What’s Next for Dealmakers After Covid? Churchill’s Randy Schwimmer Weighs In
Editor’s Note: In Mergers & Acquisitions’ October cover story, we explore the recent rebound in M&A through the eyes of several prominent lenders. See Lenders are Ready, Willing and Able to Help Private Equity Rebound for more. Here, we asked Churchill’s Randy Schwimmer, who is the founder and publisher of the The Lead Left, to share his perspective on dealmaking in the near-term future.
As goes Covid-19, so goes the nation. Back in April we rephrased the 1950’s dictum on General Motors’ in describing how the coronavirus hijacked the economy and our lives. This proved out in countless ways.
Much ink has been spilled analyzing the pandemic’s impact on the capital markets, M&A, and private capital. How shut-downs, and subsequent open-ups, are affecting pricing, valuations, financing terms, and overall deal activity, and what the prospects are for the balance of 2020.
But less attention has been paid to 2021. We think that’s because the two biggest questions driving GDP and markets – timing of a vaccine and identity of the next administration – won’t be answered for several months. Nevertheless, let’s look at trends closer to home; namely, the velocity and characteristics of middle market deal flow.
Financing Terms. Let’s start with good news: Liquidity is available for the right borrowers. Lenders aren’t adventurous with hold levels, nor will they underwrite without a sponsor-backed club reducing that risk. But pricing has eased (and leverage up) from terms in April. Good news for investors too: Bull market features, such as middle market covenant-lite and full dividend recaps, are scarce.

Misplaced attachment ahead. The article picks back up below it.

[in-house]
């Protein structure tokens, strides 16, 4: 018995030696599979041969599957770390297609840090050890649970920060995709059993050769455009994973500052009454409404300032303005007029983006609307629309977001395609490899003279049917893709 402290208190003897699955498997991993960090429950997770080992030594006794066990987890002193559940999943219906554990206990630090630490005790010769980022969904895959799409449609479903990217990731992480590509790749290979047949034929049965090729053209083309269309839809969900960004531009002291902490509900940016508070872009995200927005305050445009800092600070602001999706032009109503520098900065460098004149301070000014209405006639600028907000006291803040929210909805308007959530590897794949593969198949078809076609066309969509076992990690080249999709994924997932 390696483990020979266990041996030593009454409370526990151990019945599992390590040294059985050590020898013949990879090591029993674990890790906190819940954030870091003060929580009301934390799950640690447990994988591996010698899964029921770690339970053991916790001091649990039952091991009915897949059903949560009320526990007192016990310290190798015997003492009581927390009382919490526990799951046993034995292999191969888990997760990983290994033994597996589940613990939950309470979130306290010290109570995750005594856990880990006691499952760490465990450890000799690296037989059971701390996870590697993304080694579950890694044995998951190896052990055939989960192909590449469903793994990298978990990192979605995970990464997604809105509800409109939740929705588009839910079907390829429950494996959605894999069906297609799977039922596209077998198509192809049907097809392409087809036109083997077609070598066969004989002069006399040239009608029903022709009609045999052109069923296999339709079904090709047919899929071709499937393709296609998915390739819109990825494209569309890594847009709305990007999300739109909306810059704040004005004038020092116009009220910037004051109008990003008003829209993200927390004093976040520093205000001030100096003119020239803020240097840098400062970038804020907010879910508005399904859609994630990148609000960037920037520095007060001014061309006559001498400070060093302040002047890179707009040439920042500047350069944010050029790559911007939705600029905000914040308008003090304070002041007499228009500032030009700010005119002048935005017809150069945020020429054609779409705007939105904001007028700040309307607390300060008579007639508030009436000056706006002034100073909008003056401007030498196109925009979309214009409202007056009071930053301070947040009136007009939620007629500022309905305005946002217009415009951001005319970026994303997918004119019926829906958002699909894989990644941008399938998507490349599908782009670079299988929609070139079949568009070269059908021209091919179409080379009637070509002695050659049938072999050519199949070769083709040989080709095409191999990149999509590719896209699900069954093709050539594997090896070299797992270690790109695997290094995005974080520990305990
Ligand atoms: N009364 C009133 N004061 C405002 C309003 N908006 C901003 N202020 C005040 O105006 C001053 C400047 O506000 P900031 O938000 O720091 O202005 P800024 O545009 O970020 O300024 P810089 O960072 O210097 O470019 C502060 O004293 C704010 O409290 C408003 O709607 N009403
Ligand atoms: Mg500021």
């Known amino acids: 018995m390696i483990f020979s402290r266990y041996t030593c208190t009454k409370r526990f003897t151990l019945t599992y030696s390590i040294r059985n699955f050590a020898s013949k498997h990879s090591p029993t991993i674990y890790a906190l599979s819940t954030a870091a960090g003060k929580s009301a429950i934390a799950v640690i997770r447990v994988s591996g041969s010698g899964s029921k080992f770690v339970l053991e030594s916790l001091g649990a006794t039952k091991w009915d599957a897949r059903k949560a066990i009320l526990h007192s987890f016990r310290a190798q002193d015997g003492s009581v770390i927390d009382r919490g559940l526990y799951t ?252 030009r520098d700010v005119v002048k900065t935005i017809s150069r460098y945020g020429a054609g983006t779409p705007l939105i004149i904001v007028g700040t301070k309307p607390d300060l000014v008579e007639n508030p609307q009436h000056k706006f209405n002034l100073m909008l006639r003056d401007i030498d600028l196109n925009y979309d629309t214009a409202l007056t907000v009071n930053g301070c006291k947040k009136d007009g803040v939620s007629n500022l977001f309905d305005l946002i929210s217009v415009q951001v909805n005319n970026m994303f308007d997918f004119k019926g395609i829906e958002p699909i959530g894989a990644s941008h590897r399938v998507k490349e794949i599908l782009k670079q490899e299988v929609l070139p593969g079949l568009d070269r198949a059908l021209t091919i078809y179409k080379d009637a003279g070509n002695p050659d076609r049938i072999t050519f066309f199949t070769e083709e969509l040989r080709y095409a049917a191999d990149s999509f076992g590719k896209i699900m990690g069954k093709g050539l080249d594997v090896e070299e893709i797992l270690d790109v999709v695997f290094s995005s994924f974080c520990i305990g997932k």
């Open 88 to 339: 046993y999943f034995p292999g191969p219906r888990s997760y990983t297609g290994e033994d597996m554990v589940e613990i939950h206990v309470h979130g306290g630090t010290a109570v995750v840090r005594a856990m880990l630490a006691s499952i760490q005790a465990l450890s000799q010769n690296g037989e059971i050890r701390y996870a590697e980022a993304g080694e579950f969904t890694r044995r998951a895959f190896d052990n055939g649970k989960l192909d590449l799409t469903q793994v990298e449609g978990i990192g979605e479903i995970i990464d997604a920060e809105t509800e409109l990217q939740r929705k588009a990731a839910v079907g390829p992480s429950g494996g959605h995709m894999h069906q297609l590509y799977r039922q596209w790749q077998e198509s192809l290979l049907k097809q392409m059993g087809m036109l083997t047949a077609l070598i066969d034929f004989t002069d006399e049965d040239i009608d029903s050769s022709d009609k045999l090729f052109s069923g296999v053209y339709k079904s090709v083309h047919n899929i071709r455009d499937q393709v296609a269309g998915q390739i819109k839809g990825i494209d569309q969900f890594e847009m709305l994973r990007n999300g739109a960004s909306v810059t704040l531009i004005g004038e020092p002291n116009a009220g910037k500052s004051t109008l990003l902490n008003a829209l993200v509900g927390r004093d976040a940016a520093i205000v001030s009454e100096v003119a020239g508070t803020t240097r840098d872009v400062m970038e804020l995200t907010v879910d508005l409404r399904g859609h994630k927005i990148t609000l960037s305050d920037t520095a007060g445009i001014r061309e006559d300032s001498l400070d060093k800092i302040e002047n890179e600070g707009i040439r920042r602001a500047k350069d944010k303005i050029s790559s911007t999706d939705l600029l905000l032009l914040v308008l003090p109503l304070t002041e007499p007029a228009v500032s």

Valuations. Today Covid-impacted businesses (have-nots) aren’t readily sellable, while those less hampered or improved by the crisis (haves) are going for pre-Covid (or higher!) Ebitda multiples. That trend should continue well into 2021.
Valuations move as PE dry powder and corporate cash are deployed. Those dollars remain at record levels: $1.5 trillion held by sponsors globally, and $1.5 trillion with the S&P 500. With yields at all-time lows, the urge to invest is hard to resist.
M&A Volume. Buyers may be flush with cash, but will sellers sell? Depends whether they think a better price comes by waiting. For have-nots, later is better, unless the business is headed for bankruptcy. For haves, next year’s numbers may improve, but the election adds uncertainty. One analyst suggests sellers could incur a three-times Ebitda penalty for potential higher capital gain taxes next year.
M&A Processes. Transaction efficiency is key to getting deals done. How much easier will 2021 due diligence be compared to hurdles now? Future travel and meeting logistics depend on the virus’ course. Conflicting state quarantines present real challenges. When vaccines are readily available, personal meetings may take back Zoom share. Expect processes to improve – better than this year, but not 2019.
Industry Winners and Losers. Until infection rates bottom out, the consumer front lines of retail, restaurants, and travel/leisure will struggle mightily. Cyclicals such as auto, chemicals, and energy will underperform. As was the case pre-Covid, software, tech, and B2B will outperform. Healthcare will do well, though patient-facing companies, such as physician practice management, will be slower to recover.
The pandemic’s progress has not been a straight line. Hard to imagine there won’t be surprises down the road. Will international restrictions lift because the U.S. has a couple good quarters? Will business travel snap back when vaccines emerge? Will restaurants, bars and gyms fill up? Will work-from-home, masks, and sanitizers fade away?
As Covid-19 goes wherever it’s going in 2021, asking when things will return to normal probably isn’t the question. As one study recently noted, “normal isn’t available to us anymore.”